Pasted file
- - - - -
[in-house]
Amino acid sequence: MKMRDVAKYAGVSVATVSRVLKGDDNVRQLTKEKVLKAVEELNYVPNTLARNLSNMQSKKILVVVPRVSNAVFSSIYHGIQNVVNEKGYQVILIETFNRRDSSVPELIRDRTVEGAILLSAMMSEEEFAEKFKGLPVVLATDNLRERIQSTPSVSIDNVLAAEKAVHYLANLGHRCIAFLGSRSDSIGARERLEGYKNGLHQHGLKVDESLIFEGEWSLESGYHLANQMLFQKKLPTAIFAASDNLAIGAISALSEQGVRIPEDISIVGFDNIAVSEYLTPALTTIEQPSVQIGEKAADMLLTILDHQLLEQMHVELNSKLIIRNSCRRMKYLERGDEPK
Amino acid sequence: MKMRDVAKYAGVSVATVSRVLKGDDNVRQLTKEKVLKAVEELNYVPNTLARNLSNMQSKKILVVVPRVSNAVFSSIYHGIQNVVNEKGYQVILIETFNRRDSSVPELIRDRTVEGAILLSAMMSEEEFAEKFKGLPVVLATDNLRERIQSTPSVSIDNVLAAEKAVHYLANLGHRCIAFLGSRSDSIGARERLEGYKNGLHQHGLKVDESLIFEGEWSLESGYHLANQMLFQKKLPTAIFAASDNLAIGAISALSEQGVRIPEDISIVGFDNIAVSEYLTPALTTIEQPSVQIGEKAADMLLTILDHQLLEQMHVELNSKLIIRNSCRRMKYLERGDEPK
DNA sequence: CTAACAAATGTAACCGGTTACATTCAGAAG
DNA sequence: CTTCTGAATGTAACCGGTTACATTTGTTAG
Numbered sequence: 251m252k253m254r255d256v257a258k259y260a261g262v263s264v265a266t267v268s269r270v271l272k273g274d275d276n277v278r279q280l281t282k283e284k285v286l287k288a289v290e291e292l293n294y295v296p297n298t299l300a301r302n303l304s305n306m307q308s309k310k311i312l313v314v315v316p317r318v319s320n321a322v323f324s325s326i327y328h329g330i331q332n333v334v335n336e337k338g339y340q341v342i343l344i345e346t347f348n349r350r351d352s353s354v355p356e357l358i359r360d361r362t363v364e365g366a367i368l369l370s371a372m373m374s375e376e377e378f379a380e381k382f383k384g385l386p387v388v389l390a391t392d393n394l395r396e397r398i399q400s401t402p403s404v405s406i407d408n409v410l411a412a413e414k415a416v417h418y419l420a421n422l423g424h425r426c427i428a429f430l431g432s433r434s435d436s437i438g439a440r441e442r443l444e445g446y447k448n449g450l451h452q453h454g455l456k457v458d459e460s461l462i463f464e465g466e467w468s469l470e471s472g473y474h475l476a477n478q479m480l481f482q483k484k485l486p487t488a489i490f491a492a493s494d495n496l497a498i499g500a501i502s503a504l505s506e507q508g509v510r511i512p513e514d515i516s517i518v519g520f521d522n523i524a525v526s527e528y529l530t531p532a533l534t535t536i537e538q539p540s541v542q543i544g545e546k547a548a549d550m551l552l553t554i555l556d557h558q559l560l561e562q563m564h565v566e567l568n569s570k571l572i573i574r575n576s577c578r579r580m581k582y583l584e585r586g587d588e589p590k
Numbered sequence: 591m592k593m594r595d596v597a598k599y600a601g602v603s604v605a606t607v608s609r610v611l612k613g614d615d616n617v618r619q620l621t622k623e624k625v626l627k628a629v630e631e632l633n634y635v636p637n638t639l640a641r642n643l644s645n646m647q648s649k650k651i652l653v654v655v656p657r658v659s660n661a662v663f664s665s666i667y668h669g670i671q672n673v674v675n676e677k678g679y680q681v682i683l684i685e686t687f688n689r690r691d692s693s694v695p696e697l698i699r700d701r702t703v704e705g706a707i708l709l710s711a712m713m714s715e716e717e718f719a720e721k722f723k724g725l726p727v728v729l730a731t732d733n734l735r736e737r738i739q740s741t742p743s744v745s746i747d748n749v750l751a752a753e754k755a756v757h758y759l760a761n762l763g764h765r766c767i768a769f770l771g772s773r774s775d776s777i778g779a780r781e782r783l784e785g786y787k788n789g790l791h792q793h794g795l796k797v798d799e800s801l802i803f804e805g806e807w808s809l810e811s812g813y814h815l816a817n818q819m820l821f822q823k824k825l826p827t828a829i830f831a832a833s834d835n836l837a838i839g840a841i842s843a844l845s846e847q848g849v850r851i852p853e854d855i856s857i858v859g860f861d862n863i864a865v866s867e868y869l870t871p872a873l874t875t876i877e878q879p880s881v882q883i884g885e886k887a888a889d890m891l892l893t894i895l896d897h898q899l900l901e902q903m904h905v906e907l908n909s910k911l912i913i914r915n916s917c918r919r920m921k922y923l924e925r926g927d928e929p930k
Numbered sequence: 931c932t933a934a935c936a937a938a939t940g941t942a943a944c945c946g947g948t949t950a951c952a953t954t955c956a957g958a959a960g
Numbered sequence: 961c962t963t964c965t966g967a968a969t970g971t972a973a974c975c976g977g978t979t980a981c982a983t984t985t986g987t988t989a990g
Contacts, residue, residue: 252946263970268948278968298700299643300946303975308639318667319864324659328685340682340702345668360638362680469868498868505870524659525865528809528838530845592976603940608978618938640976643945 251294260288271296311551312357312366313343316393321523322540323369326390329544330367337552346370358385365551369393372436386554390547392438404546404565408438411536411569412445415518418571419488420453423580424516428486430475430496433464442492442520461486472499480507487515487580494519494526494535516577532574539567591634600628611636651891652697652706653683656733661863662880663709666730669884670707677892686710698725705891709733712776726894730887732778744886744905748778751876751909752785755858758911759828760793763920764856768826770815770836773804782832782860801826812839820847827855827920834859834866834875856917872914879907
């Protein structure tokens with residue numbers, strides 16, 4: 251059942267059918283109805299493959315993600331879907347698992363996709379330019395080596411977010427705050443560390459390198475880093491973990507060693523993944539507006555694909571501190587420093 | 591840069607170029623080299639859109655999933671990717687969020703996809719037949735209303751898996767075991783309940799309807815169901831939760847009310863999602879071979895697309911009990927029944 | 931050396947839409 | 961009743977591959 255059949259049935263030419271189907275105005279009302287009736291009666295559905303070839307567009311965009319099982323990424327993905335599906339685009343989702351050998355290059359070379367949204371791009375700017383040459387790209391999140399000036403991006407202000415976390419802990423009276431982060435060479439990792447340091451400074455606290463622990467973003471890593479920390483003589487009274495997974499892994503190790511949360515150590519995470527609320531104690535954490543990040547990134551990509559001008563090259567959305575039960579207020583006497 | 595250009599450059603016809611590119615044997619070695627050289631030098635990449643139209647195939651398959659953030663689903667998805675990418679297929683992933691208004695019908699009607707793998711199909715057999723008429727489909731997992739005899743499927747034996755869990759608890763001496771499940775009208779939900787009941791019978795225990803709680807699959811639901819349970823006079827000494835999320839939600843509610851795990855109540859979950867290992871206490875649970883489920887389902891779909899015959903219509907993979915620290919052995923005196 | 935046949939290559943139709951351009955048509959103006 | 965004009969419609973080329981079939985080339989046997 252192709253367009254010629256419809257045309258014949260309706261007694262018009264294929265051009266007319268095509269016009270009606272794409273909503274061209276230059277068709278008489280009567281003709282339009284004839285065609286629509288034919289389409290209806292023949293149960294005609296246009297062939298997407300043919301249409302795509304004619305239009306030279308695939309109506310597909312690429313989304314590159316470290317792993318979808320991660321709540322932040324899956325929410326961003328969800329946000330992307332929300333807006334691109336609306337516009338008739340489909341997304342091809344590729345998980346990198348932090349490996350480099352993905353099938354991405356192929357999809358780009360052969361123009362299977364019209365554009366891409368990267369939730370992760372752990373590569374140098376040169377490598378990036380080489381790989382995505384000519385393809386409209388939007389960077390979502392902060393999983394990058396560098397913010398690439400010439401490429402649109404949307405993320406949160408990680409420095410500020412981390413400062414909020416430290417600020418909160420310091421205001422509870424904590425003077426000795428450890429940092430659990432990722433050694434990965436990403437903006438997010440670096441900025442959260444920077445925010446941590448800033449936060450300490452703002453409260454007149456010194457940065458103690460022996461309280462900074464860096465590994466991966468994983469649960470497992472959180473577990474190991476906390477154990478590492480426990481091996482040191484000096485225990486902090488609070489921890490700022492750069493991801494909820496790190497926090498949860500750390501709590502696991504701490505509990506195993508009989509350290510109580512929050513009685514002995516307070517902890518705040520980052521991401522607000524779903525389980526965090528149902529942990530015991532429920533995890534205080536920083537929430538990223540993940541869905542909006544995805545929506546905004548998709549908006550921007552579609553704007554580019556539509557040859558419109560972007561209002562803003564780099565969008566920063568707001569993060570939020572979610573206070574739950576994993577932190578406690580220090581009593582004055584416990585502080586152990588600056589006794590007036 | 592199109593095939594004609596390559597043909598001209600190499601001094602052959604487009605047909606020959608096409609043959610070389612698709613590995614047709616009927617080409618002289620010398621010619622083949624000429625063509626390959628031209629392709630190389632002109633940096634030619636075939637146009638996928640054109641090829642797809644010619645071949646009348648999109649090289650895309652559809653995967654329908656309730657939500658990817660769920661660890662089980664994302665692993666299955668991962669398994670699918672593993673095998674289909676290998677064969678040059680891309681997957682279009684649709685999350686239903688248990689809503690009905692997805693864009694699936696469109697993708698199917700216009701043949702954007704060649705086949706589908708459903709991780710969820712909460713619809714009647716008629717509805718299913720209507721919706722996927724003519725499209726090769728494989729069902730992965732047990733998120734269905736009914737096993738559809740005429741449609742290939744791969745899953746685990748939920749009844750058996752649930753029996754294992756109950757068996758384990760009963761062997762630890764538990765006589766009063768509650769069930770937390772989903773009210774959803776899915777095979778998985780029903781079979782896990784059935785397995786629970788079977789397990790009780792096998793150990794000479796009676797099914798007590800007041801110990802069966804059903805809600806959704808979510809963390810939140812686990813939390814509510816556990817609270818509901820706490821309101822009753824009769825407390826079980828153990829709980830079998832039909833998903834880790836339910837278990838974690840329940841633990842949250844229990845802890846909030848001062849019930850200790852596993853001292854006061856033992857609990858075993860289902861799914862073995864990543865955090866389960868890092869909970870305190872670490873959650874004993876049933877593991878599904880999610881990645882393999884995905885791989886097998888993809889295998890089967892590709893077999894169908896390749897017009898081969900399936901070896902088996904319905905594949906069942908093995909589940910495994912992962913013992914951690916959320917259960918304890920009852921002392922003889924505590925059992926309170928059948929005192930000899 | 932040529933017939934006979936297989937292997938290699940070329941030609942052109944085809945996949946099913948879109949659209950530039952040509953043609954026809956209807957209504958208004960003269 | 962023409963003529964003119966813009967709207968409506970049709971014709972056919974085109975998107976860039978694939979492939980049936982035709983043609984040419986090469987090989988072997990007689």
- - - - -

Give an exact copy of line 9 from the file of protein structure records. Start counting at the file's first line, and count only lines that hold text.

Numbered sequence: 961c962t963t964c965t966g967a968a969t970g971t972a973a974c975c976g977g978t979t980a981c982a983t984t985t986g987t988t989a990g